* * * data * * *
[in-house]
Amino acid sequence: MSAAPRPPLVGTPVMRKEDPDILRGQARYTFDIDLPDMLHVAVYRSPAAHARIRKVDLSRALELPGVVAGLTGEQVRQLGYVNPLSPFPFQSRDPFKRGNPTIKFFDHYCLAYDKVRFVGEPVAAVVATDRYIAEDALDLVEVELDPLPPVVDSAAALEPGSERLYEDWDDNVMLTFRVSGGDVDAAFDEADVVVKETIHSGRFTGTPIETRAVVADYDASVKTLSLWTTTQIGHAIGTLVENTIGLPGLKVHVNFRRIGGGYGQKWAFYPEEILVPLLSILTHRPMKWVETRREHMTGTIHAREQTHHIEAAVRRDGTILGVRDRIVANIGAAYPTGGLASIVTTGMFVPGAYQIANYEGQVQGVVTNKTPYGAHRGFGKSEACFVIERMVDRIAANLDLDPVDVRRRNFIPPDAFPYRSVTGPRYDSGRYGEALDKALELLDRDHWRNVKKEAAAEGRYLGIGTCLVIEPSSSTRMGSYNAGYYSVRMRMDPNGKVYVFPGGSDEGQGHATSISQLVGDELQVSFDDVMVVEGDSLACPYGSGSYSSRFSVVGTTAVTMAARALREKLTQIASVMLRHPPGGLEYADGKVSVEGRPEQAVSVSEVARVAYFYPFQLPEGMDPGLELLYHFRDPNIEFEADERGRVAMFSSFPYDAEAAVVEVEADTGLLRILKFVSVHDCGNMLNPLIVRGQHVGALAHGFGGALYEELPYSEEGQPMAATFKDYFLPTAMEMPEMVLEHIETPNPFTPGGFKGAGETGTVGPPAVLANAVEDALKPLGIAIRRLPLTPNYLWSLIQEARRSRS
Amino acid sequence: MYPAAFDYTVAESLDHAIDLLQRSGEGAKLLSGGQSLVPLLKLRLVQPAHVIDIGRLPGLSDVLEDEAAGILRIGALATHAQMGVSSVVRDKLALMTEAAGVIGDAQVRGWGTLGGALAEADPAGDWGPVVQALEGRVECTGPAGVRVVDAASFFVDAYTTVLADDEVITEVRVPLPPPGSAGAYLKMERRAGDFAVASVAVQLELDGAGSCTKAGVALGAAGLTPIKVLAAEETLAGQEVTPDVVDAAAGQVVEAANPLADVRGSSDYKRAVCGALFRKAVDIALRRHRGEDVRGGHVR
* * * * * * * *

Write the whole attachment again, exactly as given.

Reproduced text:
[in-house]
Amino acid sequence: MSAAPRPPLVGTPVMRKEDPDILRGQARYTFDIDLPDMLHVAVYRSPAAHARIRKVDLSRALELPGVVAGLTGEQVRQLGYVNPLSPFPFQSRDPFKRGNPTIKFFDHYCLAYDKVRFVGEPVAAVVATDRYIAEDALDLVEVELDPLPPVVDSAAALEPGSERLYEDWDDNVMLTFRVSGGDVDAAFDEADVVVKETIHSGRFTGTPIETRAVVADYDASVKTLSLWTTTQIGHAIGTLVENTIGLPGLKVHVNFRRIGGGYGQKWAFYPEEILVPLLSILTHRPMKWVETRREHMTGTIHAREQTHHIEAAVRRDGTILGVRDRIVANIGAAYPTGGLASIVTTGMFVPGAYQIANYEGQVQGVVTNKTPYGAHRGFGKSEACFVIERMVDRIAANLDLDPVDVRRRNFIPPDAFPYRSVTGPRYDSGRYGEALDKALELLDRDHWRNVKKEAAAEGRYLGIGTCLVIEPSSSTRMGSYNAGYYSVRMRMDPNGKVYVFPGGSDEGQGHATSISQLVGDELQVSFDDVMVVEGDSLACPYGSGSYSSRFSVVGTTAVTMAARALREKLTQIASVMLRHPPGGLEYADGKVSVEGRPEQAVSVSEVARVAYFYPFQLPEGMDPGLELLYHFRDPNIEFEADERGRVAMFSSFPYDAEAAVVEVEADTGLLRILKFVSVHDCGNMLNPLIVRGQHVGALAHGFGGALYEELPYSEEGQPMAATFKDYFLPTAMEMPEMVLEHIETPNPFTPGGFKGAGETGTVGPPAVLANAVEDALKPLGIAIRRLPLTPNYLWSLIQEARRSRS
Amino acid sequence: MYPAAFDYTVAESLDHAIDLLQRSGEGAKLLSGGQSLVPLLKLRLVQPAHVIDIGRLPGLSDVLEDEAAGILRIGALATHAQMGVSSVVRDKLALMTEAAGVIGDAQVRGWGTLGGALAEADPAGDWGPVVQALEGRVECTGPAGVRVVDAASFFVDAYTTVLADDEVITEVRVPLPPPGSAGAYLKMERRAGDFAVASVAVQLELDGAGSCTKAGVALGAAGLTPIKVLAAEETLAGQEVTPDVVDAAAGQVVEAANPLADVRGSSDYKRAVCGALFRKAVDIALRRHRGEDVRGGHVR